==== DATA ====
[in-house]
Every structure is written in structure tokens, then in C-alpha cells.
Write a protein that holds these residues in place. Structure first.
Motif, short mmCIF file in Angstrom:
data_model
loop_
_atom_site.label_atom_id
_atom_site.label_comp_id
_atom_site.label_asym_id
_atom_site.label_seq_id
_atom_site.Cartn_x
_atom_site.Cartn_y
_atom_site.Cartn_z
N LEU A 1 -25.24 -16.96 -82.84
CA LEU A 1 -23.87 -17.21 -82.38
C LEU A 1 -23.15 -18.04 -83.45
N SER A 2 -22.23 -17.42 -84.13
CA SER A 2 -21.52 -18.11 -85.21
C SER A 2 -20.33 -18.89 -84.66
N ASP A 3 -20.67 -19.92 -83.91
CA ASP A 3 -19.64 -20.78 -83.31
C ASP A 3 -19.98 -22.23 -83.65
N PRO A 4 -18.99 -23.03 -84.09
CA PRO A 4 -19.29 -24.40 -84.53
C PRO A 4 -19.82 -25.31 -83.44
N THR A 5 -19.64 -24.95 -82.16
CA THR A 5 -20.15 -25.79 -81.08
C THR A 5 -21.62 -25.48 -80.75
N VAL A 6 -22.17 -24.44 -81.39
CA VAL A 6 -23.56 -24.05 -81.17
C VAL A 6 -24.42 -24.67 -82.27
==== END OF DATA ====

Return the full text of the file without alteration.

[in-house]
Every structure is written in structure tokens, then in C-alpha cells.
Write a protein that holds these residues in place. Structure first.
Motif, short mmCIF file in Angstrom:
data_model
loop_
_atom_site.label_atom_id
_atom_site.label_comp_id
_atom_site.label_asym_id
_atom_site.label_seq_id
_atom_site.Cartn_x
_atom_site.Cartn_y
_atom_site.Cartn_z
N LEU A 1 -25.24 -16.96 -82.84
CA LEU A 1 -23.87 -17.21 -82.38
C LEU A 1 -23.15 -18.04 -83.45
N SER A 2 -22.23 -17.42 -84.13
CA SER A 2 -21.52 -18.11 -85.21
C SER A 2 -20.33 -18.89 -84.66
N ASP A 3 -20.67 -19.92 -83.91
CA ASP A 3 -19.64 -20.78 -83.31
C ASP A 3 -19.98 -22.23 -83.65
N PRO A 4 -18.99 -23.03 -84.09
CA PRO A 4 -19.29 -24.40 -84.53
C PRO A 4 -19.82 -25.31 -83.44
N THR A 5 -19.64 -24.95 -82.16
CA THR A 5 -20.15 -25.79 -81.08
C THR A 5 -21.62 -25.48 -80.75
N VAL A 6 -22.17 -24.44 -81.39
CA VAL A 6 -23.56 -24.05 -81.17
C VAL A 6 -24.42 -24.67 -82.27